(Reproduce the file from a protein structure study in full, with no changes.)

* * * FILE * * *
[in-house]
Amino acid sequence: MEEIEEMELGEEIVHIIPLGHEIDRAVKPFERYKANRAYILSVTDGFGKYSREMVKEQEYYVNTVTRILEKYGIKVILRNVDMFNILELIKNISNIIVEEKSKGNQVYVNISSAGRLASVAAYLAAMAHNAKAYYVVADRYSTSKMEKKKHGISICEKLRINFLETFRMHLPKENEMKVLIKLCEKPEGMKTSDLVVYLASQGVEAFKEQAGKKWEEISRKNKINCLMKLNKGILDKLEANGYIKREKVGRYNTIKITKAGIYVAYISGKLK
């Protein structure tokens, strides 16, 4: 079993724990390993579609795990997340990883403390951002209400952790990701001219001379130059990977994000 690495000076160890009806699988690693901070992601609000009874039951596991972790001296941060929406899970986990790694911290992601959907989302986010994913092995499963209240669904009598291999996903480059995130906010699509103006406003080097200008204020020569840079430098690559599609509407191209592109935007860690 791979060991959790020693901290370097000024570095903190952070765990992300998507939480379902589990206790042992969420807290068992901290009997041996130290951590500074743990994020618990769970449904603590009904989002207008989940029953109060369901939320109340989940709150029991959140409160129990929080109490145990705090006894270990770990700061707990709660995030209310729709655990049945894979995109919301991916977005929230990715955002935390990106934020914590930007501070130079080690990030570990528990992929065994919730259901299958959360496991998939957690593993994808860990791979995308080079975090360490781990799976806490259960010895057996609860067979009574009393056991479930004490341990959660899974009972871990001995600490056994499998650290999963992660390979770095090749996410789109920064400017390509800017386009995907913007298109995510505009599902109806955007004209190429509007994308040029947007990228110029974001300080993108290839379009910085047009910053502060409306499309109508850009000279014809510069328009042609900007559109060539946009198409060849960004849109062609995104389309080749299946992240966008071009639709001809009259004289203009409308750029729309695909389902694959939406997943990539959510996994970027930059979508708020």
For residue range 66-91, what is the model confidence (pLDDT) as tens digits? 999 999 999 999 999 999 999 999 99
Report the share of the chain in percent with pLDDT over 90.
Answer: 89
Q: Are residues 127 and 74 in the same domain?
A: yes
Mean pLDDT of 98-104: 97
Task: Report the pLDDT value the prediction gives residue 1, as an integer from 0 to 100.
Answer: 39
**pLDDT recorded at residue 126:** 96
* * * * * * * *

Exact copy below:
[in-house]
Amino acid sequence: MEEIEEMELGEEIVHIIPLGHEIDRAVKPFERYKANRAYILSVTDGFGKYSREMVKEQEYYVNTVTRILEKYGIKVILRNVDMFNILELIKNISNIIVEEKSKGNQVYVNISSAGRLASVAAYLAAMAHNAKAYYVVADRYSTSKMEKKKHGISICEKLRINFLETFRMHLPKENEMKVLIKLCEKPEGMKTSDLVVYLASQGVEAFKEQAGKKWEEISRKNKINCLMKLNKGILDKLEANGYIKREKVGRYNTIKITKAGIYVAYISGKLK
């Protein structure tokens, strides 16, 4: 079993724990390993579609795990997340990883403390951002209400952790990701001219001379130059990977994000 690495000076160890009806699988690693901070992601609000009874039951596991972790001296941060929406899970986990790694911290992601959907989302986010994913092995499963209240669904009598291999996903480059995130906010699509103006406003080097200008204020020569840079430098690559599609509407191209592109935007860690 791979060991959790020693901290370097000024570095903190952070765990992300998507939480379902589990206790042992969420807290068992901290009997041996130290951590500074743990994020618990769970449904603590009904989002207008989940029953109060369901939320109340989940709150029991959140409160129990929080109490145990705090006894270990770990700061707990709660995030209310729709655990049945894979995109919301991916977005929230990715955002935390990106934020914590930007501070130079080690990030570990528990992929065994919730259901299958959360496991998939957690593993994808860990791979995308080079975090360490781990799976806490259960010895057996609860067979009574009393056991479930004490341990959660899974009972871990001995600490056994499998650290999963992660390979770095090749996410789109920064400017390509800017386009995907913007298109995510505009599902109806955007004209190429509007994308040029947007990228110029974001300080993108290839379009910085047009910053502060409306499309109508850009000279014809510069328009042609900007559109060539946009198409060849960004849109062609995104389309080749299946992240966008071009639709001809009259004289203009409308750029729309695909389902694959939406997943990539959510996994970027930059979508708020």
For residue range 66-91, what is the model confidence (pLDDT) as tens digits? 999 999 999 999 999 999 999 999 99
Report the share of the chain in percent with pLDDT over 90.
Answer: 89
Q: Are residues 127 and 74 in the same domain?
A: yes
Mean pLDDT of 98-104: 97
Task: Report the pLDDT value the prediction gives residue 1, as an integer from 0 to 100.
Answer: 39
**pLDDT recorded at residue 126:** 96